Not the Usual Safari Holidays
Walking safaris and game drive are the two most widely offered activities in Botswana – location been the only inhibiting factor for these two activities.
In the permanent delta the lodges are on small islands thus making game drives impractical.
Night drives are not offered in the parks and reserves but rather in the private concession areas.
Bicycle safaris are offered in the Mashatu Game Reserve.
Horse safaris and elephant back safaris happen in the Okavango Delta. Quad biking is best enjoyed on the flat Makgadikgadi salt pans.
Safari by boat? Unbeatable!
Botswana is blessed with the Okavango Delta and the Chobe River where water-borne safaris offer spectacular wildlife and general nature experiences. On the Chobe River boat cruises allow for a unique perspective of the multitude of animals that come down to swim or drink at the water’s edge.
The Okavango Delta is renowned for the traditional makoro or dug-out canoe which allows for a unique experience on safari holidays. Cruising through the channels and floodplains of the delta is a peaceful, soul-enriching experience. Used by people of the delta to cross waters and to fish from the makoro has become part of African safari folklore.
What is a Mokoro, You Ask?
A makoro also spelt "mokoro" or "mekoro" depending on who wrote the article - is a dug-out canoe carved from the trunk of an ebony or sausage tree, and used by the indigenous rural people of the Okavango to transport cargo and ferry people across waterways.
Fishermen of the area also use the makoro for their daily fishing operations.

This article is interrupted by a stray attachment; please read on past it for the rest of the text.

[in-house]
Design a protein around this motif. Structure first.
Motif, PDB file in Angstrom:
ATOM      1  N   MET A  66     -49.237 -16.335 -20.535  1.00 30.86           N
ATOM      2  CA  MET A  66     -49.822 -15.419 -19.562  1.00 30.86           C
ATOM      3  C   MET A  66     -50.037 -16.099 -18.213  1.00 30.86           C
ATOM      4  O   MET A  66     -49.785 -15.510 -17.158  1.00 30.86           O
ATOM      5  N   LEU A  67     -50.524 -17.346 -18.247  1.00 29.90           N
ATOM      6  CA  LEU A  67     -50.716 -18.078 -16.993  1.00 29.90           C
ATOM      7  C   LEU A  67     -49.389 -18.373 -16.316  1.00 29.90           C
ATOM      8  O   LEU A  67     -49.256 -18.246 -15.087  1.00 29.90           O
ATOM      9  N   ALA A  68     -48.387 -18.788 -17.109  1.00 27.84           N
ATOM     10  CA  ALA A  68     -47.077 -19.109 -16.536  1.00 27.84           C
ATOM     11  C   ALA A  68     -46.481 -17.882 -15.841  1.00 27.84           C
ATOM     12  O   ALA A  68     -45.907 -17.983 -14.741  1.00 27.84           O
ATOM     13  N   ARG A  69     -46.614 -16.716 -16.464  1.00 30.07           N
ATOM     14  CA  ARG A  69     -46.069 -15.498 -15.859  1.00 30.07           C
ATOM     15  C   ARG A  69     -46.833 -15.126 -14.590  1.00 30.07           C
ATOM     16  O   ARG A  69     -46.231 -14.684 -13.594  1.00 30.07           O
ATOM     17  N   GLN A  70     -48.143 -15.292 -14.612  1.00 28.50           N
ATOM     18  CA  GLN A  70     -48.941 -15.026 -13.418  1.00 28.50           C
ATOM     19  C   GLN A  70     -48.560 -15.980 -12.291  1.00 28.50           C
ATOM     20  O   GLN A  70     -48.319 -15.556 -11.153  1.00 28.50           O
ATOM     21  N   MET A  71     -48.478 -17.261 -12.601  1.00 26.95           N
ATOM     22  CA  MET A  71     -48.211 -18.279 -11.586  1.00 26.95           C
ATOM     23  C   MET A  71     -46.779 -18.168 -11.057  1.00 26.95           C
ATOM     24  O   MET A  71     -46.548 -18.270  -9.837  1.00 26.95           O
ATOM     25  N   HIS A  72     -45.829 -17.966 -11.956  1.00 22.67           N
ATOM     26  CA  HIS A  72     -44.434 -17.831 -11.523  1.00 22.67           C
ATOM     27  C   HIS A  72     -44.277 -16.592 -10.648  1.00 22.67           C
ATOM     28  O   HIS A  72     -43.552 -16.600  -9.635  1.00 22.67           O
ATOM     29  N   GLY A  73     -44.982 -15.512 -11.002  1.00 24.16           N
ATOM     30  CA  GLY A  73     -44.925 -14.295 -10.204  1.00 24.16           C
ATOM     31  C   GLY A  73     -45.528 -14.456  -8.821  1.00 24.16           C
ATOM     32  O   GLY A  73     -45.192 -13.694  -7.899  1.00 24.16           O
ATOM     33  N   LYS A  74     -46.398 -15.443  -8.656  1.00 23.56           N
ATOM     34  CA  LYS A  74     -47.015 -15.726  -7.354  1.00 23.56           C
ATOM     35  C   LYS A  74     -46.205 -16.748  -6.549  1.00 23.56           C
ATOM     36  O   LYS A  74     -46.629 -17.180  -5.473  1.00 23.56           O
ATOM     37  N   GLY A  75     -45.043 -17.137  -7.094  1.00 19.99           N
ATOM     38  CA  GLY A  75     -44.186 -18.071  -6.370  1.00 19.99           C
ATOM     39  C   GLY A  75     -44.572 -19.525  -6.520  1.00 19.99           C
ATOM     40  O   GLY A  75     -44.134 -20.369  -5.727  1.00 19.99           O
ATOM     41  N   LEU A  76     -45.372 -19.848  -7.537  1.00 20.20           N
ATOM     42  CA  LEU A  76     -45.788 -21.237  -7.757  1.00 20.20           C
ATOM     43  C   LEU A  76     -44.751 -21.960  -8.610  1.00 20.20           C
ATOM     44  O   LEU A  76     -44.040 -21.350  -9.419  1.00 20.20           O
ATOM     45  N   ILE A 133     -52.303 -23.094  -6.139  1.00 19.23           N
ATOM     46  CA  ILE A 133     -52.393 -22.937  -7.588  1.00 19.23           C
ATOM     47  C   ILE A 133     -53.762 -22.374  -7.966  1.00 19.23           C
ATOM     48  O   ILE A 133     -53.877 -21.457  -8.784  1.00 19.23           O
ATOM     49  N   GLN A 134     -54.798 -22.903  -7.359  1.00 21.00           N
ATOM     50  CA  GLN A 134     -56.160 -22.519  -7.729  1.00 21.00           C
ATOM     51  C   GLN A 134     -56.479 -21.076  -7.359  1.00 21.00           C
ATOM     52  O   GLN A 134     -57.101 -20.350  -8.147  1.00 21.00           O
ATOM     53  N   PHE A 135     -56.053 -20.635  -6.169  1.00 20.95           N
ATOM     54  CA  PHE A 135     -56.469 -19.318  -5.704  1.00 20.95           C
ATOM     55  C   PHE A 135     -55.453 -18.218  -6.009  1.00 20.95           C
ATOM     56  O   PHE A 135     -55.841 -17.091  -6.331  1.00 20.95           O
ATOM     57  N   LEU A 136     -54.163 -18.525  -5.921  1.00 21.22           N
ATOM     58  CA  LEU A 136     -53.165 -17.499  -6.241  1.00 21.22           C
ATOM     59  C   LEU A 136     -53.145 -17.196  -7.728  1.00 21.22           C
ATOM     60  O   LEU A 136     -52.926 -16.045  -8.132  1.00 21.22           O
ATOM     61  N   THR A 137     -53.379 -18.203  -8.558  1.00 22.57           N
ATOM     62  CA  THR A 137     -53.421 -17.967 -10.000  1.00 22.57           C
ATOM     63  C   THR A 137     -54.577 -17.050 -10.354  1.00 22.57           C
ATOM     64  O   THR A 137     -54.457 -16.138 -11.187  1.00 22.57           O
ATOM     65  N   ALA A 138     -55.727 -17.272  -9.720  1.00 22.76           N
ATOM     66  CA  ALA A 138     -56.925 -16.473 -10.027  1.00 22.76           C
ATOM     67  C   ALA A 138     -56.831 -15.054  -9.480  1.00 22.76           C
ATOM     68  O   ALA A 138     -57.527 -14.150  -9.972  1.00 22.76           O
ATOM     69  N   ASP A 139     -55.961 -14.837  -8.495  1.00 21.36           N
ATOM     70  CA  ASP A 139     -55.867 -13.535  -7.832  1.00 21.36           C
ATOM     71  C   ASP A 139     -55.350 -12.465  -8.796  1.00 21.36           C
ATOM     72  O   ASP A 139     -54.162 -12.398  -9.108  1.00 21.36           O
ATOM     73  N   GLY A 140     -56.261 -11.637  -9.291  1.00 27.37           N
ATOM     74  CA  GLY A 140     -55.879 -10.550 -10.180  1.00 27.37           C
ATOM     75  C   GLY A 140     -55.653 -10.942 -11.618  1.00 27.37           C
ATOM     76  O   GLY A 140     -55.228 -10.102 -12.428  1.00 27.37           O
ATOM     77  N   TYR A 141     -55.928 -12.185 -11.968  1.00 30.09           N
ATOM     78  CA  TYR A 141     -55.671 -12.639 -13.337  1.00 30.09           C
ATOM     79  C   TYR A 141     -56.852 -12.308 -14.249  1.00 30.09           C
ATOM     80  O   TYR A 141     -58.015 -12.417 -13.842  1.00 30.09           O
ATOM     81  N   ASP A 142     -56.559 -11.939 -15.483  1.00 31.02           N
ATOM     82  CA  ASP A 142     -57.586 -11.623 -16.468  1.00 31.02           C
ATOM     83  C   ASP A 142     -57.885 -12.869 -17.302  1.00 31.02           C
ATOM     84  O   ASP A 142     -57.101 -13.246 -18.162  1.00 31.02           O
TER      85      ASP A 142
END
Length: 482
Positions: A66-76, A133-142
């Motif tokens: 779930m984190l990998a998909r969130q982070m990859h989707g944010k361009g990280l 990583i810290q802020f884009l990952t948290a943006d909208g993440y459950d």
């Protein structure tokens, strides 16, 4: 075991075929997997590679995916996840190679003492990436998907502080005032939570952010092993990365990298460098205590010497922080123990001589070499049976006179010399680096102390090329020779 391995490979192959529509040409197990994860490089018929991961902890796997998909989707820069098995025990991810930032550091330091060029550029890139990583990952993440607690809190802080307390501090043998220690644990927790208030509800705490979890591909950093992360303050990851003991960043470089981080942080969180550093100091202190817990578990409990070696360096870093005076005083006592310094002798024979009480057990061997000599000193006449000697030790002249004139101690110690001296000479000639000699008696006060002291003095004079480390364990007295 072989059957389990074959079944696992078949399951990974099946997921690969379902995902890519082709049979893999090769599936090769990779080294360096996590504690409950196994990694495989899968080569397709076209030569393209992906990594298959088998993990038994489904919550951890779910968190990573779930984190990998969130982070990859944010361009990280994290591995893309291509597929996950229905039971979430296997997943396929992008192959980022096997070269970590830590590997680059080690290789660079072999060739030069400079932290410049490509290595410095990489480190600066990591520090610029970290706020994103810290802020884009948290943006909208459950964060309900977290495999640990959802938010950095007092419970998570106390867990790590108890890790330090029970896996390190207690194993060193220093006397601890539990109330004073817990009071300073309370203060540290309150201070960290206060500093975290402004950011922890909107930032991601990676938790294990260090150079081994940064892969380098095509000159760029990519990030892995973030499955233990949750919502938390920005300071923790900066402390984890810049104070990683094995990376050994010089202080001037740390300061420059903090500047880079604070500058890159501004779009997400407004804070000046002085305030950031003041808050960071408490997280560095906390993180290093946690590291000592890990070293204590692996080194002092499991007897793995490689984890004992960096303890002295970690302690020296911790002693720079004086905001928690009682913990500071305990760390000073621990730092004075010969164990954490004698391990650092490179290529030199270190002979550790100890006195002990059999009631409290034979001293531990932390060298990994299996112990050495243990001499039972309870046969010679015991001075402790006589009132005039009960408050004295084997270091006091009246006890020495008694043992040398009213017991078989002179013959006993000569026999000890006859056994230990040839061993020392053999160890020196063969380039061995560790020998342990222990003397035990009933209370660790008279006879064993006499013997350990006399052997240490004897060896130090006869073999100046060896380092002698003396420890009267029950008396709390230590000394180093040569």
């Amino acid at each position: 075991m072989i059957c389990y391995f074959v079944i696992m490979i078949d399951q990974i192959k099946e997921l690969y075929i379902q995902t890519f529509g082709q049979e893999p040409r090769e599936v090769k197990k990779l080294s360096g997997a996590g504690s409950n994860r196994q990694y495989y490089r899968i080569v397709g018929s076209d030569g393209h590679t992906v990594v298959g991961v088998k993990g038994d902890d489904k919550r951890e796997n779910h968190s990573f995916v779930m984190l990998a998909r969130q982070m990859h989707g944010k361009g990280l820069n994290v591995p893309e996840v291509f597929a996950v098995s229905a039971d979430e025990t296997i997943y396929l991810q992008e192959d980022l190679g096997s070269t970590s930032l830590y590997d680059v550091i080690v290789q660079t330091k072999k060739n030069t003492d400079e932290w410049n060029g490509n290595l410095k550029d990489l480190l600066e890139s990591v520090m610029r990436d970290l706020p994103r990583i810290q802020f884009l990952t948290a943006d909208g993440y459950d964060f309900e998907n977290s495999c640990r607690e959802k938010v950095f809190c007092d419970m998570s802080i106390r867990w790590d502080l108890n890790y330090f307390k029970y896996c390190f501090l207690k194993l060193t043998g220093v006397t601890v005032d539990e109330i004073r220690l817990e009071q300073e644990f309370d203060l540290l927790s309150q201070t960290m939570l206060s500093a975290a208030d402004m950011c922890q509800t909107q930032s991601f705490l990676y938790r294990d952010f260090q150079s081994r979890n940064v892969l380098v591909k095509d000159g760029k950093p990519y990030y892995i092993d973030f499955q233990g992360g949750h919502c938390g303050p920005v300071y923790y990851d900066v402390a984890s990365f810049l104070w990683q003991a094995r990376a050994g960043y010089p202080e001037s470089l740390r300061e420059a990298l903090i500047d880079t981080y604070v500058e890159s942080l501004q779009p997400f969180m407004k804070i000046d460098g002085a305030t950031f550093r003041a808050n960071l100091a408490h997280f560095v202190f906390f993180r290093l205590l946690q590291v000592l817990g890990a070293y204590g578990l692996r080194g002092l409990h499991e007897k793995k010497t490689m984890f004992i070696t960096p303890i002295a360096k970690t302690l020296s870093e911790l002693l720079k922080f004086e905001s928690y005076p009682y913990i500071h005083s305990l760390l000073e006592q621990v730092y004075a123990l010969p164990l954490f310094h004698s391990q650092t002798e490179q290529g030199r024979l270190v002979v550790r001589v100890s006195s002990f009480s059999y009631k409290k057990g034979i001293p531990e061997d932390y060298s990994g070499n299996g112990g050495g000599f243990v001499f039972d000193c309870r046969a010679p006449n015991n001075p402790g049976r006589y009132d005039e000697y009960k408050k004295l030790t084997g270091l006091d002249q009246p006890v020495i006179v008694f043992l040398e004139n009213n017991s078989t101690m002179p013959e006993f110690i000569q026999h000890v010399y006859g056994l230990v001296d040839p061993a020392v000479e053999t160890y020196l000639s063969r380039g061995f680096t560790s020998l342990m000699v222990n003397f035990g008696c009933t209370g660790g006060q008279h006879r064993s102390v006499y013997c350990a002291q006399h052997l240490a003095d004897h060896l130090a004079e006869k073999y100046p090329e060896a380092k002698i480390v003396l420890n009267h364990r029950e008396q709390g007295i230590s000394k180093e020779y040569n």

The makoro is controlled by the boat-man standing at the back and using a long wooden pole for punting and driving the craft. Today the makoro is synonymous with a Botswana safari where guests are ‘poled’ through the waterways of the delta.
With the growth in tourism however the old trees of the delta were under threat from the need for more makoros. So in the interests of a vital sustainable ecological solution all makoros are now manufactured from fibre-glass. This will appeal to the eco traveller on safari holidays in Botswana. This has proved to be so successful that the locals are using this modern version.
No trees need to be cut down. No days and days of hewing out and carving and scraping wood. And it does not wear out or rot!
Okavango Safaris are Seasonal
Due to the unique conditions of the Okavango Delta some of the activities are seasonal. Boat and makoro excursions are not available at certain times of the year in the delta due to lack of water.
As the water on the south-western floodplains recedes the lodges in the area rely more on game drives and walking safaris.
Game drives are generally not affected except at some camps where annual rains flood roads and bridges – forcing the use of more water activities.
Be sure to read the Safari Holidays information to be sure that you are not trying to book something that is "out of season"
Also read Okavango Seasons
Home on the Range of the Elephant-back Safari
In the 1980’s an American animal trainer at a zoo in Portland wanted to relocate the three African elephants in his care back to Africa. After much drama they found a home at Abu Camp in the Okavango delta where they were allowed some freedom.
And so elephant back safaris in Botswana were born. Today the herd is relatively large and the safaris are world-renowned.
Recently an elephant experience was set up at Baines Camp. Here the experience is more with interacting with the animals than the actual riding. Read more about Elephant Back Safaris in Botswana
Child policies on safari holidays
Most lodges in Botswana have rules governing children on safari due to the fact that the lodges are in wilderness areas.
Age limits vary from lodge to lodge with some lodges not accepting children younger than 16 and some taking children as young as 6.
When it comes to activities however most lodges that take children under 16 insist on the family having a private vehicle – extra cost is involved. Children under 16 are generally not allowed on walks.